May 16 - Ottawa NWR, Lucas County, OH

269. Least Sandpiper
270. Spotted Sandpiper

May 16 - Magee Marsh, Lucas County, OH

271. Yellow-bellied Flycatcher


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I fully expected Tuesday to be spectatular weather, as I would be heading home after another half day of birding, but it was not to be. The rain did hold off today, and the birding was again great. Had my best count of warblers - 22, including a couple of Blackburnians, not seen by me every day, and a Mourning Warbler, a good find for all of us on the boardwalk this day. I also found my life Philadelphia Vireo, which I had been looking for for a while, as I had lived in Philadelphia for 27 years, it seemed like I should have it on my list.

Last stop before leaving for the airport was again at the Visitor Center of the Ottawa NWR. The birding here was also great, as I saw three thrushes, including my life Gray-cheeked, Swainson's, and Veery. And the warblers were also very active.

In all this trip yielded 10 Lifers, and 105 species. The weather left a lot to be desired, but the birding made up for it. I learned an awful lot about about warblers, met a lot of very nice people and had a great time. I would highly recommend this area to anyone wanting to see great migrants.

May 17 - Magee Marsh, Lucas Co., Ohio

272. Philadelphia Vireo
273. Mourning Warbler

May 17 - Ottawa NWR, Ottawa Co., Ohio

274. Gray-cheeked Thrush


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I had a nice bright Western Tanager at our feeder yesterday. Later in the day, I drove to Sevey's Lake. Highlights were a Bobolink, about 30-40 Black Tern, a couple of Baird's Sandpipers, and about a dozen Stilt Sandpiper.

May 20 - Rapid City, SD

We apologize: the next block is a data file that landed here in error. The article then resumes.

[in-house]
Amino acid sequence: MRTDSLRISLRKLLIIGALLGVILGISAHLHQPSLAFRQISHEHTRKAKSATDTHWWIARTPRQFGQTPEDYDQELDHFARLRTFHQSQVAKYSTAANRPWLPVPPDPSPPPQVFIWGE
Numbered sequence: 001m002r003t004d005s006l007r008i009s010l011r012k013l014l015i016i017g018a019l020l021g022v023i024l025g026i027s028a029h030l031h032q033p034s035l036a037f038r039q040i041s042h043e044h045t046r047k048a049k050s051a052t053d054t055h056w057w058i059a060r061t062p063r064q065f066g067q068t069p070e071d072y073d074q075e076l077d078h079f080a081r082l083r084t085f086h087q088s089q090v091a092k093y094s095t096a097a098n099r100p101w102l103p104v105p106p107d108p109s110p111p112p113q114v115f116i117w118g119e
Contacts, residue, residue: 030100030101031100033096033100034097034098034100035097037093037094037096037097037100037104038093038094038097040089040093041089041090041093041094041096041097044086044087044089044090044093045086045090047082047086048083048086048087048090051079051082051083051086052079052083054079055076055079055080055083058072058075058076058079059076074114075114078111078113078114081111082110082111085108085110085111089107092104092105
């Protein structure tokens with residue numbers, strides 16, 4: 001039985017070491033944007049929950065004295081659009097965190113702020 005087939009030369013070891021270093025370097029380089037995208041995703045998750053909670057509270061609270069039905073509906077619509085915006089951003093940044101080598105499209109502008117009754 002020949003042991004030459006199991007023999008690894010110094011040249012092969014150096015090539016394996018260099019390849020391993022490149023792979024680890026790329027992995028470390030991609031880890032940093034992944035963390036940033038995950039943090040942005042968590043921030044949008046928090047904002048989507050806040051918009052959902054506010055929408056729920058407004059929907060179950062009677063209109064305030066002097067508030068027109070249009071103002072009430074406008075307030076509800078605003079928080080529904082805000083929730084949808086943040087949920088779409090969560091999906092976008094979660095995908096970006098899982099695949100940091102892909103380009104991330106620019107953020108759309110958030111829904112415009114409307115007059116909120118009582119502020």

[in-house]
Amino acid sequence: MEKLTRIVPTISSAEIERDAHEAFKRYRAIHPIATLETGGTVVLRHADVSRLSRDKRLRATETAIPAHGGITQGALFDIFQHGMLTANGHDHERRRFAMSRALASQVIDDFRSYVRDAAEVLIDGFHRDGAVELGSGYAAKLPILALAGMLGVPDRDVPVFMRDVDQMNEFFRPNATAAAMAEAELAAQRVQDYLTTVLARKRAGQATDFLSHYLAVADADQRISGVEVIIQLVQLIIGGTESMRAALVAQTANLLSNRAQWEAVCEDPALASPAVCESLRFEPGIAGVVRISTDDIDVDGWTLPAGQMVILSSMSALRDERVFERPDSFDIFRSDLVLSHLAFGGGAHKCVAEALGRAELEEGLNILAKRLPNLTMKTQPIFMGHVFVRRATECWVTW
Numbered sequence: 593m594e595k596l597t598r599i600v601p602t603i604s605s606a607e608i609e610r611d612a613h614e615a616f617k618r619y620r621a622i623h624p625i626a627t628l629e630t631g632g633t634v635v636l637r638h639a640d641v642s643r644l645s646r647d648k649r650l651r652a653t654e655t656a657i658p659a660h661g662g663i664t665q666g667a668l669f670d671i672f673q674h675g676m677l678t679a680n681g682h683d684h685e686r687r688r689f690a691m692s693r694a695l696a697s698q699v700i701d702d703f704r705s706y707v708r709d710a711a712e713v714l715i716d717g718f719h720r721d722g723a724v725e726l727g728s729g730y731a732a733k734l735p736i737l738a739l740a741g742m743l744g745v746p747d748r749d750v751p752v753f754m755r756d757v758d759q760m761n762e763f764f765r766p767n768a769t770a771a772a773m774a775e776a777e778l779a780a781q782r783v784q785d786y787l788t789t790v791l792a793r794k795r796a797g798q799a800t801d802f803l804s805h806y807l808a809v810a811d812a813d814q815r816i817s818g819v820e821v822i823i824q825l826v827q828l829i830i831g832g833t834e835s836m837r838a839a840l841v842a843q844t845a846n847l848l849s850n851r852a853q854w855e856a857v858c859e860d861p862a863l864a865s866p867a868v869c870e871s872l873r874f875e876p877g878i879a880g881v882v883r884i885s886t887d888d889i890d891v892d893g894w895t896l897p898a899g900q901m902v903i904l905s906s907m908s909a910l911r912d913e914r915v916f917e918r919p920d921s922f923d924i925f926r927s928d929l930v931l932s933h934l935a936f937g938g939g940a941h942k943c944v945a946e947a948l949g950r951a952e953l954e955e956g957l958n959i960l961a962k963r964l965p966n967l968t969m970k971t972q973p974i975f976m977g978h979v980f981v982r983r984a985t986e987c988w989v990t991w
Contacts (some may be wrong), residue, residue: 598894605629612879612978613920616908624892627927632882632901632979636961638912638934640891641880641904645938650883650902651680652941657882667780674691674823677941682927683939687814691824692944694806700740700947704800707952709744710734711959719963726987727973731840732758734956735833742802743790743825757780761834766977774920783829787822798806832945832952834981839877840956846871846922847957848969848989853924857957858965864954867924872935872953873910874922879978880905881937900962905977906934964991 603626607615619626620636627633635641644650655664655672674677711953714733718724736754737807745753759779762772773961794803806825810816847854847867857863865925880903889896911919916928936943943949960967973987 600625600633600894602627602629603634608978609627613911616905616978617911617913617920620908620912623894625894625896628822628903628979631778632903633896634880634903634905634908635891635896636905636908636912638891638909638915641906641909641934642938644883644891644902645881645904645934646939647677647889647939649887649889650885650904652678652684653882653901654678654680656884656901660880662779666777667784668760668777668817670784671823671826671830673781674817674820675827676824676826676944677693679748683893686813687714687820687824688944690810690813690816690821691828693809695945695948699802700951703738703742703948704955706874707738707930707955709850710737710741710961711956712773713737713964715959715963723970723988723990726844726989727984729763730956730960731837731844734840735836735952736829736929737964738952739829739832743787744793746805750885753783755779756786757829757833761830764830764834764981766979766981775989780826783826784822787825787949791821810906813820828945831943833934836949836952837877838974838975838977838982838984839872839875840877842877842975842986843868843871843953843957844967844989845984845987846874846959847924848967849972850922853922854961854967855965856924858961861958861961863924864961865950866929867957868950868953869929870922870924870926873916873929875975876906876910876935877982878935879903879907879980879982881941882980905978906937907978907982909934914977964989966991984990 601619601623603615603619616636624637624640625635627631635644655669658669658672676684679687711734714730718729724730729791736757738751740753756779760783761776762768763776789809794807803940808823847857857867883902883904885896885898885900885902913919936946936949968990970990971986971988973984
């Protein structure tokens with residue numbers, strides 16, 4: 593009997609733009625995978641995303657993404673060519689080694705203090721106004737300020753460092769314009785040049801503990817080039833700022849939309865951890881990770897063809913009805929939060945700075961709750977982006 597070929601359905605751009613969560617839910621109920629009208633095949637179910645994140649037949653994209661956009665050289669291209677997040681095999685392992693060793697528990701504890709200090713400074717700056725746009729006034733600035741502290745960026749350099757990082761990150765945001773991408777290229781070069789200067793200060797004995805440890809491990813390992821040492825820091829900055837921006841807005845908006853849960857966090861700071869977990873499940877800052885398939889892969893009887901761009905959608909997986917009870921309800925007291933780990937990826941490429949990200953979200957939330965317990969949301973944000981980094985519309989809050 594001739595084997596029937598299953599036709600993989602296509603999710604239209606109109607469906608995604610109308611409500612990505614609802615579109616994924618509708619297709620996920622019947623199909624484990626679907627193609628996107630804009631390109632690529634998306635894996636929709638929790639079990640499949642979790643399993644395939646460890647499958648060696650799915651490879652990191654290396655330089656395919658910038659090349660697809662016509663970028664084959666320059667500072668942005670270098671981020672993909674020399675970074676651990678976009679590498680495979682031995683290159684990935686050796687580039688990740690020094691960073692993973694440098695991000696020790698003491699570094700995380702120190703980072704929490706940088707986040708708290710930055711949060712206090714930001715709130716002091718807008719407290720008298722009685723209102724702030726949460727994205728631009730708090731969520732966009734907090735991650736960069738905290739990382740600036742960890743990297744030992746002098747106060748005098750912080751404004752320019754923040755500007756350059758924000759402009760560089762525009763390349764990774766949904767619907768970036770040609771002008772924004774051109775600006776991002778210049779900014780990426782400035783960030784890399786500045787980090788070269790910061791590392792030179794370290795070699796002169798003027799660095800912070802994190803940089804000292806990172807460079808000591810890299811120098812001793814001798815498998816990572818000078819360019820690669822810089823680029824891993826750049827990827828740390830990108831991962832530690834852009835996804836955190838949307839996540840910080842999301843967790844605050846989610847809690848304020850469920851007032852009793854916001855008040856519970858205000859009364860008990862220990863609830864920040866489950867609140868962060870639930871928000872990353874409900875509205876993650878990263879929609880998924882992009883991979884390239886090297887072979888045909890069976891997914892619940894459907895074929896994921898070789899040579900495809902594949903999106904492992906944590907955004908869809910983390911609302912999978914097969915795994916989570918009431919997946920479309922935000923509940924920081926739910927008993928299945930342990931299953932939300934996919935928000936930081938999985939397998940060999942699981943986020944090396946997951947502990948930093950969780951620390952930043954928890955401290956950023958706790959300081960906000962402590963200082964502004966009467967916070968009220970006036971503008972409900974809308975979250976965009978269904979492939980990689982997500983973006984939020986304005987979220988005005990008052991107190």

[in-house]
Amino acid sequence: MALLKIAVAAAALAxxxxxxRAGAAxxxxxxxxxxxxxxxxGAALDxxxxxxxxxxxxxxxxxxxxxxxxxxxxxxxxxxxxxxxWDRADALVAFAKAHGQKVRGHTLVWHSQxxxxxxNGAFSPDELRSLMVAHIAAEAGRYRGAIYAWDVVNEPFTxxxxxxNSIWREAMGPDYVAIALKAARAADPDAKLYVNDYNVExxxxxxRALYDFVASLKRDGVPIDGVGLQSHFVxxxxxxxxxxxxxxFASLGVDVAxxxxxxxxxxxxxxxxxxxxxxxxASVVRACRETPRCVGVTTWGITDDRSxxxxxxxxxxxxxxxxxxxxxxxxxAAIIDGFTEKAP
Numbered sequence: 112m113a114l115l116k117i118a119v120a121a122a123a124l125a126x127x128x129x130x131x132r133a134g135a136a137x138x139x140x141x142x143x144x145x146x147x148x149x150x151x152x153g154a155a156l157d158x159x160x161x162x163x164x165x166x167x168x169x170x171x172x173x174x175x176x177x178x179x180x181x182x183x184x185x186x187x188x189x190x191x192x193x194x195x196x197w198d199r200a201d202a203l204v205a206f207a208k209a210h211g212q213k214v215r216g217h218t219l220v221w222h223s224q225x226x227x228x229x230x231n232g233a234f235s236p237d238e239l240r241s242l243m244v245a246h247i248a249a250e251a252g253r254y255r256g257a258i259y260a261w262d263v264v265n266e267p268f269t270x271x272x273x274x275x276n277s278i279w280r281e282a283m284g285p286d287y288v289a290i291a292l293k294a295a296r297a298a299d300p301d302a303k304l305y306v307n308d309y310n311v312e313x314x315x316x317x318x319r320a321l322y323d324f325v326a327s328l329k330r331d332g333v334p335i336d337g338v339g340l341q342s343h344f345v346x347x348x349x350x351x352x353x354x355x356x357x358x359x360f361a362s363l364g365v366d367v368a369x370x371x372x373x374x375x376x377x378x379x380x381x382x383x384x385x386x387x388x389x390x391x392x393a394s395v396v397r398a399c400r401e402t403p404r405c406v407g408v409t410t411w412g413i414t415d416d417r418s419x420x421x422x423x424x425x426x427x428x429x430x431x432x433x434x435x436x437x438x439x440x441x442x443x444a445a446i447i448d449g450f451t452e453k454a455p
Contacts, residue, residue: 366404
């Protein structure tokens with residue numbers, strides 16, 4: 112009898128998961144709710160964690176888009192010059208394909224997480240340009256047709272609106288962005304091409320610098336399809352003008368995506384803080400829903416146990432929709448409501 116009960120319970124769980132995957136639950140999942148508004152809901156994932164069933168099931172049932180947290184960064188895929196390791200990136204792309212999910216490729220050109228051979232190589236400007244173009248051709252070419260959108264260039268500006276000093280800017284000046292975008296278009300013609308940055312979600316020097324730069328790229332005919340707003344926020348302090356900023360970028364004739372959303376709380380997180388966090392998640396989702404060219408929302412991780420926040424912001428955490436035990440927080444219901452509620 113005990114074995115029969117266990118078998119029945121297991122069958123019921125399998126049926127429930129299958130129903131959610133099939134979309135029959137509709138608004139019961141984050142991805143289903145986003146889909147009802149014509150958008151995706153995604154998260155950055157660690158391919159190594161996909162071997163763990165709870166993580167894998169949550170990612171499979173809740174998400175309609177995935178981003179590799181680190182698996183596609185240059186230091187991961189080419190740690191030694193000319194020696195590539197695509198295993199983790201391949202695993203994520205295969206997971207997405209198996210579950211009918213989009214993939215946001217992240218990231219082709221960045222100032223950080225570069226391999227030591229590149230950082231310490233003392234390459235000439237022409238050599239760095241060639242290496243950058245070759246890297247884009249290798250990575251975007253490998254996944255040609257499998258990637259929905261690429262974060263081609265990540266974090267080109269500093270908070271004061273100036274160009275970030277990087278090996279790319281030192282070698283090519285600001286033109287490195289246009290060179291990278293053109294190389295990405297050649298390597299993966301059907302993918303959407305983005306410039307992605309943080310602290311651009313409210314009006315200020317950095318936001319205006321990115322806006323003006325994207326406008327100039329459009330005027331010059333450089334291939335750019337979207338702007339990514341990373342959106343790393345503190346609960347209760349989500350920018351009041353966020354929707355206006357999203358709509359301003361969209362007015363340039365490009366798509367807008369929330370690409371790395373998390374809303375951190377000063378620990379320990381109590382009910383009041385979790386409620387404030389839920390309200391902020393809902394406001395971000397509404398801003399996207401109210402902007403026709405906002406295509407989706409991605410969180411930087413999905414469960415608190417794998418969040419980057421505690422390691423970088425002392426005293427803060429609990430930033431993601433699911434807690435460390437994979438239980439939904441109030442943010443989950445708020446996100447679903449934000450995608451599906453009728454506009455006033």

275. Western Tanager

May 20 - Sevey's Lake, SD

276. Bobolink
277. Baird's Sandpiper
278. Stilt Sandpiper


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This weekend has been uncharacteristically rainy. Yesterday, I drove out to Hammerquist Rd., which was really quieter than usual, but I did see a nice male Orchard Oriole. This morning, I got two new county birds here in Pennington County - Tenessee Warbler and Burrowing Owl, then drove out to Sevey's Lake, where the highlights were lots of Cliff, Tree, and Barn Swallows, along with a single Bank Swallow, a new State bird for me.

May 21 - Pennington County, SD

279. Orchard Oriole

May 22 - Sevey's Lake, SD

280. Bank Swallow


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We traveled east for Memorial Day, for a wedding in Philadelphia, seeing my parents in NJ, and a conference in Nashville, Tennessee. Didn't do any birding in Philly, but visited a few places along the shore this morning in NJ. The highlight was a small group of Least Terns, which I had been hoping to find. Other birds I don't usually see included Brant, American Black Duck, Ruddy Turnstone, Snowy Egret, and Black Vulture.

May 30 - Jersey shore

281. Boat-tailed Grackle
282. Least Tern
283. Bonaparte's Gull
284. Semipalmated Plover
285. Black Vulture
286. American Oystercatcher
287. Marsh Wren
288. Brant
289. Ruddy Turnstone


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I was in Nashville on business, and had seen some reports recently for Swainson's Warbler at the Shelby Bottoms Park, so I got directions, and went out there yesterday for 3 hours before the meetings began. No luck on the warbler, but it was good birding anyway. Highlights included very good views of Indigo Bunting, Carolina Wren (all over the place, but I never see them in South Dakota) a couple of Yellow-breasted Chats, a quick view of a Pileated Woodpecker in flight, and several flycatchers. I was glad to return to South Dakota and leave the extreme heat and humidity behind, but its always fun to see a new place.

June 1 - Shelby Bottoms Park, Nashville, Tennessee

290. Carolina Wren
291. Yellow-breasted Chat
292. Pileated Woodpecker